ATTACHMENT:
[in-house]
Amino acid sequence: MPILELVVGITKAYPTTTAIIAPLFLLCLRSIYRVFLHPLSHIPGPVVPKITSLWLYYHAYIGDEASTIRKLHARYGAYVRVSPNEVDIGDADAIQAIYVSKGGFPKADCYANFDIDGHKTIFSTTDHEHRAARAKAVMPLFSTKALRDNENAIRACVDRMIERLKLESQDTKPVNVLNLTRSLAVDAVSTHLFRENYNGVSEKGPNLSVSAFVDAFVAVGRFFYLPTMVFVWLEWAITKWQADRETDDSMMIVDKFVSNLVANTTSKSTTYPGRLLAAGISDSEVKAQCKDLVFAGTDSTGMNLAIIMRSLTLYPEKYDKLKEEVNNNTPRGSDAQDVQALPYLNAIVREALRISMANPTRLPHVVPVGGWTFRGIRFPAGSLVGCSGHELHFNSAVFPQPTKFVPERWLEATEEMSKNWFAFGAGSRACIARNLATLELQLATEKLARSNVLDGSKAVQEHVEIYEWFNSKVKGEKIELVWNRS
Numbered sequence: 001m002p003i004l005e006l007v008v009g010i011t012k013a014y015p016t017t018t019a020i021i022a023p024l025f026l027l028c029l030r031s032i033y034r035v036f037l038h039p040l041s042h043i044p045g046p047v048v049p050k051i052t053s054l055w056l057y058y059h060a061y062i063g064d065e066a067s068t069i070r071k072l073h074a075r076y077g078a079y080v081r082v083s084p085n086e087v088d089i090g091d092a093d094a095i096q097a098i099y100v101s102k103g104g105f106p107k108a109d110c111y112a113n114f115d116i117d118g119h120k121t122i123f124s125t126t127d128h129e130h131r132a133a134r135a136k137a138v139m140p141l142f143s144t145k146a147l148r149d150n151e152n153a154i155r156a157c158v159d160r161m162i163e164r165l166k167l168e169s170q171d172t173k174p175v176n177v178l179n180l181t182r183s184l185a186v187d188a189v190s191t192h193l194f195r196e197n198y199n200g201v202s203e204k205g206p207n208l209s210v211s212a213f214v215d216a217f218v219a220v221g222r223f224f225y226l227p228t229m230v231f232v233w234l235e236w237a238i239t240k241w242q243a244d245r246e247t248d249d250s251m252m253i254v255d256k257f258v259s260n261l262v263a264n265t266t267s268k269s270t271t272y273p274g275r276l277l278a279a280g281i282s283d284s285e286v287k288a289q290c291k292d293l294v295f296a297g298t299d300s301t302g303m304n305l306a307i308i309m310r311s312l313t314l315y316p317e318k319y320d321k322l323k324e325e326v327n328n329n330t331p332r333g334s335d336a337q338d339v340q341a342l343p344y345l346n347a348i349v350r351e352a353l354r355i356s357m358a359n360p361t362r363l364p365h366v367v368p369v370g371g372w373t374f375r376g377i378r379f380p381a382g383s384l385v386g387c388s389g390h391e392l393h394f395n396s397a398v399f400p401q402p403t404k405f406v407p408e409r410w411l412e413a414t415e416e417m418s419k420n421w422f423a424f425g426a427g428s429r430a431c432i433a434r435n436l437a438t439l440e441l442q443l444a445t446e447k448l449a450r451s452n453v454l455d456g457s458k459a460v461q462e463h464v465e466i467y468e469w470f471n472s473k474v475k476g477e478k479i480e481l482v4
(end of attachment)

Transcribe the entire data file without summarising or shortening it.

[in-house]
Amino acid sequence: MPILELVVGITKAYPTTTAIIAPLFLLCLRSIYRVFLHPLSHIPGPVVPKITSLWLYYHAYIGDEASTIRKLHARYGAYVRVSPNEVDIGDADAIQAIYVSKGGFPKADCYANFDIDGHKTIFSTTDHEHRAARAKAVMPLFSTKALRDNENAIRACVDRMIERLKLESQDTKPVNVLNLTRSLAVDAVSTHLFRENYNGVSEKGPNLSVSAFVDAFVAVGRFFYLPTMVFVWLEWAITKWQADRETDDSMMIVDKFVSNLVANTTSKSTTYPGRLLAAGISDSEVKAQCKDLVFAGTDSTGMNLAIIMRSLTLYPEKYDKLKEEVNNNTPRGSDAQDVQALPYLNAIVREALRISMANPTRLPHVVPVGGWTFRGIRFPAGSLVGCSGHELHFNSAVFPQPTKFVPERWLEATEEMSKNWFAFGAGSRACIARNLATLELQLATEKLARSNVLDGSKAVQEHVEIYEWFNSKVKGEKIELVWNRS
Numbered sequence: 001m002p003i004l005e006l007v008v009g010i011t012k013a014y015p016t017t018t019a020i021i022a023p024l025f026l027l028c029l030r031s032i033y034r035v036f037l038h039p040l041s042h043i044p045g046p047v048v049p050k051i052t053s054l055w056l057y058y059h060a061y062i063g064d065e066a067s068t069i070r071k072l073h074a075r076y077g078a079y080v081r082v083s084p085n086e087v088d089i090g091d092a093d094a095i096q097a098i099y100v101s102k103g104g105f106p107k108a109d110c111y112a113n114f115d116i117d118g119h120k121t122i123f124s125t126t127d128h129e130h131r132a133a134r135a136k137a138v139m140p141l142f143s144t145k146a147l148r149d150n151e152n153a154i155r156a157c158v159d160r161m162i163e164r165l166k167l168e169s170q171d172t173k174p175v176n177v178l179n180l181t182r183s184l185a186v187d188a189v190s191t192h193l194f195r196e197n198y199n200g201v202s203e204k205g206p207n208l209s210v211s212a213f214v215d216a217f218v219a220v221g222r223f224f225y226l227p228t229m230v231f232v233w234l235e236w237a238i239t240k241w242q243a244d245r246e247t248d249d250s251m252m253i254v255d256k257f258v259s260n261l262v263a264n265t266t267s268k269s270t271t272y273p274g275r276l277l278a279a280g281i282s283d284s285e286v287k288a289q290c291k292d293l294v295f296a297g298t299d300s301t302g303m304n305l306a307i308i309m310r311s312l313t314l315y316p317e318k319y320d321k322l323k324e325e326v327n328n329n330t331p332r333g334s335d336a337q338d339v340q341a342l343p344y345l346n347a348i349v350r351e352a353l354r355i356s357m358a359n360p361t362r363l364p365h366v367v368p369v370g371g372w373t374f375r376g377i378r379f380p381a382g383s384l385v386g387c388s389g390h391e392l393h394f395n396s397a398v399f400p401q402p403t404k405f406v407p408e409r410w411l412e413a414t415e416e417m418s419k420n421w422f423a424f425g426a427g428s429r430a431c432i433a434r435n436l437a438t439l440e441l442q443l444a445t446e447k448l449a450r451s452n453v454l455d456g457s458k459a460v461q462e463h464v465e466i467y468e469w470f471n472s473k474v475k476g477e478k479i480e481l482v4